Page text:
ethical choices. These ethical choices by nature do not lend
themselves to black and white options. If every choice was as
clear-cut as this, then there would be no need to discuss the
ethics of copywriting since every copywriter would know what's
'right' and 'wrong'.
One of the most basic choices is that of telling the truth. At
first appearance you may say it is obvious that the
copywriter should always tell the truth but what is telling the
One answer to this questions is that you should always tell the
truth, the whole truth, and nothing but the truth. This means that
irrespective of the consequences you should give the plain facts
to your readers. This reminds me a "Help Wanted" ad reportedly
ran in a London paper around 1900, which read:
"Men wanted for hazardous journey. Small wages, bitter cold, long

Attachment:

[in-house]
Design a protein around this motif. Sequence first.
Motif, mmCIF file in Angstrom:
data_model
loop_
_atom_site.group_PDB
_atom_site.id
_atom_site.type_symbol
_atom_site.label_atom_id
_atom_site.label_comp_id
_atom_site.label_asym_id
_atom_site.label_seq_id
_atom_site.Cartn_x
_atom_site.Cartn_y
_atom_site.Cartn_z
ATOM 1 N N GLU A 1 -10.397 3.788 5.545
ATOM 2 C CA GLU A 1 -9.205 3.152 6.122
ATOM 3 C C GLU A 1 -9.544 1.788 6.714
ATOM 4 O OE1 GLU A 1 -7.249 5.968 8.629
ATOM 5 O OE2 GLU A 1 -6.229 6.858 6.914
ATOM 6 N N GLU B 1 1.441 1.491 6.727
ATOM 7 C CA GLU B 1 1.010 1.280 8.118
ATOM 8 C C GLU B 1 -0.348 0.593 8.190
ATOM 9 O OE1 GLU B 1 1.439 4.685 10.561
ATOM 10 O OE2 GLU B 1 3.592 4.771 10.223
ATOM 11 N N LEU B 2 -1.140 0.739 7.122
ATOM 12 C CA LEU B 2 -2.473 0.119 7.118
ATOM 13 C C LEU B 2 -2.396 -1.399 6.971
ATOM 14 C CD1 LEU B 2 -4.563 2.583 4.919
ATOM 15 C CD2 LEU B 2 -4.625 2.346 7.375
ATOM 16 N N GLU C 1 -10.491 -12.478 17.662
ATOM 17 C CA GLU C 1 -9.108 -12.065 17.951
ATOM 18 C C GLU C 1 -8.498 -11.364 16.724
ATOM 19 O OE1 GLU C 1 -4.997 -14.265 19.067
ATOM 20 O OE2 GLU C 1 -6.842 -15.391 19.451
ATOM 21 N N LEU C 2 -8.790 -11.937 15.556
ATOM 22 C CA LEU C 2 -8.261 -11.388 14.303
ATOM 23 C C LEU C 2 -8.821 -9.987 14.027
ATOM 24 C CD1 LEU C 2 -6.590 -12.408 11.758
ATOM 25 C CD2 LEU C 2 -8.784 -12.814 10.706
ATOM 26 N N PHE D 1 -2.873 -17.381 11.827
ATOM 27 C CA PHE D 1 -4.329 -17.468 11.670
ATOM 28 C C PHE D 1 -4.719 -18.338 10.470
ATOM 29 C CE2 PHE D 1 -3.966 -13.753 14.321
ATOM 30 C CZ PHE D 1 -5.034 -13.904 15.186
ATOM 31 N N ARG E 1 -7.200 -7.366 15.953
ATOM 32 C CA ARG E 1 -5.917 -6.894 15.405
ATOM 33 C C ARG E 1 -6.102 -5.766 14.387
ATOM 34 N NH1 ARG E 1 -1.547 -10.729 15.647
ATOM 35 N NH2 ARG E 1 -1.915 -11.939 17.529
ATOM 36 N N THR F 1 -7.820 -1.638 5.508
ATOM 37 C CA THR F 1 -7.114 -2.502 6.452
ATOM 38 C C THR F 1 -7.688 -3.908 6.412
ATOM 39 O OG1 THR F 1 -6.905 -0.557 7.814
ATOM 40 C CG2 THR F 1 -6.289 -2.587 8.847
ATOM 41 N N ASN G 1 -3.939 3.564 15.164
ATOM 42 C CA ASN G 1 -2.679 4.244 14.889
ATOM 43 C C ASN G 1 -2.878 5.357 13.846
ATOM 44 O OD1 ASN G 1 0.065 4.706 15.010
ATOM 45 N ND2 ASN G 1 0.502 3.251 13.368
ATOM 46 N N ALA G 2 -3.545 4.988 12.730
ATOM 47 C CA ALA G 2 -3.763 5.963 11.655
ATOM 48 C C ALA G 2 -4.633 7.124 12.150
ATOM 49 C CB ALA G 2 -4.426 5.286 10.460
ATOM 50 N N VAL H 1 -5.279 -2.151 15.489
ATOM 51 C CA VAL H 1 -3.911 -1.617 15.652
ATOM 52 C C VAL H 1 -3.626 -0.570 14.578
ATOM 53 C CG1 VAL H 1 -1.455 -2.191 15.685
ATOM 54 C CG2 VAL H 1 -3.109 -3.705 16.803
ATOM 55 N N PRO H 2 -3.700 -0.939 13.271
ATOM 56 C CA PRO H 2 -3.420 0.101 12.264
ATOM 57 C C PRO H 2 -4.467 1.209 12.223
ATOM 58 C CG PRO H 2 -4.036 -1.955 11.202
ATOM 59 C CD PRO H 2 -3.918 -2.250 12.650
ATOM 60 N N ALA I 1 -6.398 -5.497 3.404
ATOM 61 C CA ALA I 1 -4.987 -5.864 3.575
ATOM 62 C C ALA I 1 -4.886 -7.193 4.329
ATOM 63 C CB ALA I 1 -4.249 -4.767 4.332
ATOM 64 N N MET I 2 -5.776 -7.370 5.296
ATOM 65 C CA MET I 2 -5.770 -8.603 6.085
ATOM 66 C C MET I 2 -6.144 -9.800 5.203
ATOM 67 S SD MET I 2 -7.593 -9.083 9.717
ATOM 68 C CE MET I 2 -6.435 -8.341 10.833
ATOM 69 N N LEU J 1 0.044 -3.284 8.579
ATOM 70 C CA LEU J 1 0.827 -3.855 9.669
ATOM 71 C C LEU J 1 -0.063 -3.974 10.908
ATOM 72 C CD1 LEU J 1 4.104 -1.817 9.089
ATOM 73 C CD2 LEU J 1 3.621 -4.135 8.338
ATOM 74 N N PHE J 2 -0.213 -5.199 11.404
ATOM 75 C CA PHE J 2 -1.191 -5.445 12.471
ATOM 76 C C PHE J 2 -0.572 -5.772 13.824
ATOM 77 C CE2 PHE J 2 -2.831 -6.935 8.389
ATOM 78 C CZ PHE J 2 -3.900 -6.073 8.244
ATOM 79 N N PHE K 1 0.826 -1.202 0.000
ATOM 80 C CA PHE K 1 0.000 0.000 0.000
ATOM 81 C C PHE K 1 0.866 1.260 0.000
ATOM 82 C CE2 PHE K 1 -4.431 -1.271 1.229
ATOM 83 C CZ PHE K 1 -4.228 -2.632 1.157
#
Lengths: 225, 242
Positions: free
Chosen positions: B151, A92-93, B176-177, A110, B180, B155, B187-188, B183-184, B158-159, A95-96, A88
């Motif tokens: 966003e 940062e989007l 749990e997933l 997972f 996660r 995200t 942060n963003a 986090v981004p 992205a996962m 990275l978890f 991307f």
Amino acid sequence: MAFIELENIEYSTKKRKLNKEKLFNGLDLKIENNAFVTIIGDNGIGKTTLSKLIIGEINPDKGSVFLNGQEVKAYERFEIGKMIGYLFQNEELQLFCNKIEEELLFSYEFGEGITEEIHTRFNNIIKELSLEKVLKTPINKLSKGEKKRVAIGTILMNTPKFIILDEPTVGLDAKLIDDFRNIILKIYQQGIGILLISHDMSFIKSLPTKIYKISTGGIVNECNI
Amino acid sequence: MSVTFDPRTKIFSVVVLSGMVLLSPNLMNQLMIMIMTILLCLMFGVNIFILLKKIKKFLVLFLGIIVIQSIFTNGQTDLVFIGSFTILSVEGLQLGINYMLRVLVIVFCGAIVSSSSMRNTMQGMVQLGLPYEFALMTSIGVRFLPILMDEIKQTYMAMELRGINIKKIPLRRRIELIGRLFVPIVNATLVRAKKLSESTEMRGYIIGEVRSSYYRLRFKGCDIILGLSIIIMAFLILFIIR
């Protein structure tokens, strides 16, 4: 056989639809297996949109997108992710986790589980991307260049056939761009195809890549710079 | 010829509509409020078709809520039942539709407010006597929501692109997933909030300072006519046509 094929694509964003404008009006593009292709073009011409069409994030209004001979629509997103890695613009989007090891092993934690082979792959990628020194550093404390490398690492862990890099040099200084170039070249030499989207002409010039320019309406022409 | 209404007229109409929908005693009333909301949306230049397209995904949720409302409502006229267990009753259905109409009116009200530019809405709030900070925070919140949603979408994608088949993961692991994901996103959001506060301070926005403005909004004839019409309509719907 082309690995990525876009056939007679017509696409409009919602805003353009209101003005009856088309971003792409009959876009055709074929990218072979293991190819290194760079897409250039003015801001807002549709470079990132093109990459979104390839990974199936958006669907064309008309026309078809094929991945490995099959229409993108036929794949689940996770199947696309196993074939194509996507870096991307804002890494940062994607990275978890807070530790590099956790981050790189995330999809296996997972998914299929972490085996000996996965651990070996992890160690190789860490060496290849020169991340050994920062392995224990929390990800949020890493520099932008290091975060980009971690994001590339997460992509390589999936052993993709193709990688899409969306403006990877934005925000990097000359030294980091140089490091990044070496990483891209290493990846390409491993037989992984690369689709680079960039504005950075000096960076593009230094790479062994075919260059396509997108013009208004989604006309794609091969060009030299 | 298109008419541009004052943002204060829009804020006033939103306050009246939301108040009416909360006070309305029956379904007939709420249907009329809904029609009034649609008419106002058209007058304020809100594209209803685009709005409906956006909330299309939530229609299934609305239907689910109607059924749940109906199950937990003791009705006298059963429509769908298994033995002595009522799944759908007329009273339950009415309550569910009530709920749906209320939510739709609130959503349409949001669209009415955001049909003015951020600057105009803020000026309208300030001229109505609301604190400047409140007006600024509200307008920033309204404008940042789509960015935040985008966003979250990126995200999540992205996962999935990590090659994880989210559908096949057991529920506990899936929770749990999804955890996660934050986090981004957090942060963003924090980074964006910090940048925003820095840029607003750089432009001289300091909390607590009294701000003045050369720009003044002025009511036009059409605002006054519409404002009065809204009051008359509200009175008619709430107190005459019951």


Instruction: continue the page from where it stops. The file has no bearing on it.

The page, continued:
months of complete darkness, constant danger, safe return
doubtful. Honor and recognition in case of success. Ernest
It is claimed that this ad for Shackleton's Polar expedition had
a surprisingly high response.
Now for discussion:
You're approached as a copywriter to sell a product that once
worked very well but is now losing it's effectiveness because
of a recent change, say in how the search engines rank sites.
The product creator has a history of very good results and
testimonials from customers--PROOF. Should you go ahead
and write this sales letter knowing that the method doesn't
work as well as it used to but using the former results as
Let us know what you think ...